Quantcast
Terrorist shooting in Australia

Forums - Politics Discussion - Terrorist shooting in Australia

RG3Hunna said:
I never understand why some people have this internal fear of "muslim terrorist". Statistics show you have a higher chance of being murdered by someone of your own race/religion than being murdered by a "muslim terrorist". In fact I saw this chart that showed you had a higher chance of being struck by lightning or winning the lottery than being murdered by a "muslim terrorist". lol


Odds of winning first division in Australia: 1 in 8,145,060

Odds of being killed from Islamic terrorist based on stats in the past year: 1 in 7,971,733. Thankfully, there's been lots of raids and arrests which are effective deterrents.



Around the Network

Well apparently he wasn't a 'lone wolf' after all a 15 year old getting a gun in Australia is pretty hard. I'm 30 and I've never seen a gun, other than a cops in real life.
Interestingly his sister left Australia the day before the attack, so obviously she knew what was gonna happen.
Feel sorry for the cop and his family. He was leaving work for the day only to bump into this scum.



Aielyn said:
Yes, in a country with 24 million people, of which about half a million are Muslims, there has been a total of ONE shooting reported to have anything to do with Islam since the start of the year. But hey, "not another one", right?

What's the total number of people killed by Jains in Australia in 2015? Or better still, the last century?



NightDragon83 said:
Good thing Australia has all those super tough gun laws to stop this guy from getting his hands on a gun...

No one ever claimed that gun control stops everyone from ever getting their hands on a gun.
Gun control makes it harder for someone to get a gun. A gun that costs $1000 in America and gets delivered to your door costs $34,000 on the black market in Australia. Up until 1996 there had been 11 massacres in Australia. The government banned guns. And there hasn't been a massacre since. Sure beats having a massacre every month like in the US, because of a law that was written so that civilians could form a militia and fight back against a tyrannical government, which is no longer possible today.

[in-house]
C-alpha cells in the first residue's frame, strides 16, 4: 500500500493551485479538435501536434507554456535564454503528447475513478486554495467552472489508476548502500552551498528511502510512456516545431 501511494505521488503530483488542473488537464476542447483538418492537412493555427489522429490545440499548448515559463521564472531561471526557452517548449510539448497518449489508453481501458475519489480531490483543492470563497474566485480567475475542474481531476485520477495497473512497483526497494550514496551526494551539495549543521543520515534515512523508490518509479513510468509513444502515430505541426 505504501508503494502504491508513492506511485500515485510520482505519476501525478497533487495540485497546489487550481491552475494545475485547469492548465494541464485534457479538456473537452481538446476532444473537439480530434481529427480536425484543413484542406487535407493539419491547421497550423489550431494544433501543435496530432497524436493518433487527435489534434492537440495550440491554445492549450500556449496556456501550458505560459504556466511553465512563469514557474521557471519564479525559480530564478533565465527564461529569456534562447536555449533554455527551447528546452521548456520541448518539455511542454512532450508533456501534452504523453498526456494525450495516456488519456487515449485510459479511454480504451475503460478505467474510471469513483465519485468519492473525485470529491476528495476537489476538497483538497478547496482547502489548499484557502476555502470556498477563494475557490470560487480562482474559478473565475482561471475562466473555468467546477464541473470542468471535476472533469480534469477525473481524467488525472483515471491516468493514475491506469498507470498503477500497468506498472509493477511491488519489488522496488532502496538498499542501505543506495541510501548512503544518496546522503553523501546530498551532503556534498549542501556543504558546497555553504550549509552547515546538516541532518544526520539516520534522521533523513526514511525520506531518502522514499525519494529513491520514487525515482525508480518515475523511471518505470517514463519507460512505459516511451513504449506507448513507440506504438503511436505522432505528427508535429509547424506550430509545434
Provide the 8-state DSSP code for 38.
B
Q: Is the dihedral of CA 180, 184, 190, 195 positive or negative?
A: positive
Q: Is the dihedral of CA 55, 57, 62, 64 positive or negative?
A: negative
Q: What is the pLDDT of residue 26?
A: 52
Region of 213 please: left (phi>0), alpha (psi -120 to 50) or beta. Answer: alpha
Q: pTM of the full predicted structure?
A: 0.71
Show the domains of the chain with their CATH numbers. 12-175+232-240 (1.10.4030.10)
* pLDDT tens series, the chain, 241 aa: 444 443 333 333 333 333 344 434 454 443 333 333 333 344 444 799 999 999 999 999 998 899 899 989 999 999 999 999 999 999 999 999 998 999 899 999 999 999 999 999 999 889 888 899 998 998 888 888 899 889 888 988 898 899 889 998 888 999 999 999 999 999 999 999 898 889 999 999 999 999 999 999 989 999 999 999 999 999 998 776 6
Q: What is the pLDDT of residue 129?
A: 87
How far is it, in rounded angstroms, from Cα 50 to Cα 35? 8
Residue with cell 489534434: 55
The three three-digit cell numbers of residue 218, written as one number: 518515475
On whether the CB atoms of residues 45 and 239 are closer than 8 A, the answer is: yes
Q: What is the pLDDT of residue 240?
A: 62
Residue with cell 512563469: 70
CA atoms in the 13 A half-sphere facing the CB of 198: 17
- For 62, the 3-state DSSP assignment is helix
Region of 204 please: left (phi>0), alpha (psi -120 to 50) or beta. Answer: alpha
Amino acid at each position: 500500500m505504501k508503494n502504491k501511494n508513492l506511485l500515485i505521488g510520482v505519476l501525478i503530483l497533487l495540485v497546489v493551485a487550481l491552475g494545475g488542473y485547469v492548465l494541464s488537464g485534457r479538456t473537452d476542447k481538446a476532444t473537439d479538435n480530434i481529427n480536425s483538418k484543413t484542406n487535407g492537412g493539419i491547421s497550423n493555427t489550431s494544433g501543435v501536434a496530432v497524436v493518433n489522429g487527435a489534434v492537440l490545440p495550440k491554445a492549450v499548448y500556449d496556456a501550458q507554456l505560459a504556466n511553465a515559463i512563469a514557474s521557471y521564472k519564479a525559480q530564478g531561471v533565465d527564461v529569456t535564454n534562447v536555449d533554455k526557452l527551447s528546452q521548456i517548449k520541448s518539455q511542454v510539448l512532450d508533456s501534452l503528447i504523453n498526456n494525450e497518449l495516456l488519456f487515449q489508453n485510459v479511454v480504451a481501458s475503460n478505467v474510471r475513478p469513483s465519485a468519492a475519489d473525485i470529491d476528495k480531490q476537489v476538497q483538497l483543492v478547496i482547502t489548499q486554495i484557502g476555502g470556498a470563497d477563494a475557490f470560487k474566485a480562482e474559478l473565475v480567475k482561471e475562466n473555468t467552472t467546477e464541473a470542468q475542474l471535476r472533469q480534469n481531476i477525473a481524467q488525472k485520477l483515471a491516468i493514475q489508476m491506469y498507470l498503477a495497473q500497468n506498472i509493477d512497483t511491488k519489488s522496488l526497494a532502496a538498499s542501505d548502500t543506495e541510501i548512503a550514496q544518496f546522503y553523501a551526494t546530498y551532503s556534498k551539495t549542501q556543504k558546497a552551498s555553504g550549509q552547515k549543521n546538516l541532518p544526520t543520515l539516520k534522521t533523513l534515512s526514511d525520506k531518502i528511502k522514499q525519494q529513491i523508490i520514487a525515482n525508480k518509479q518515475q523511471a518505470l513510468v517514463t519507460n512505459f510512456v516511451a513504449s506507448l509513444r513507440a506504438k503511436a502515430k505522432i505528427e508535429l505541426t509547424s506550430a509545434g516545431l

Lawlight said:
ArnoldRimmer said:

Why exactly is this incident called "terrorism" and the boy called a "terrorist"?

I may have a strange definition of "terrorism", but I just can't see why this australian boy is a "terrorist", when the guy from the mass shooting in Oregon a few days ago is usually just being referred to as a "shooter" or "gunman".

So, what's the difference that makes the one incident an act of "terrorism", but not the other incident?


I think the definition of terrorism is pretty clear - it's for ideological/political reasons.

There is still no universally accepted definition of "terrorism", everyone defines "terrorism" slightly different. In the US for example, even different national institutions habe different definitions of "terrorism".

But anyway, let's just use your definition for this. So, why exactly do you believe the australian boy clearly did it "for ideological/political reasons", and what makes you sure the Oregon shooter did not do it "for ideological/political reasons"?



Around the Network
ArnoldRimmer said:
Lawlight said:
ArnoldRimmer said:

Why exactly is this incident called "terrorism" and the boy called a "terrorist"?

I may have a strange definition of "terrorism", but I just can't see why this australian boy is a "terrorist", when the guy from the mass shooting in Oregon a few days ago is usually just being referred to as a "shooter" or "gunman".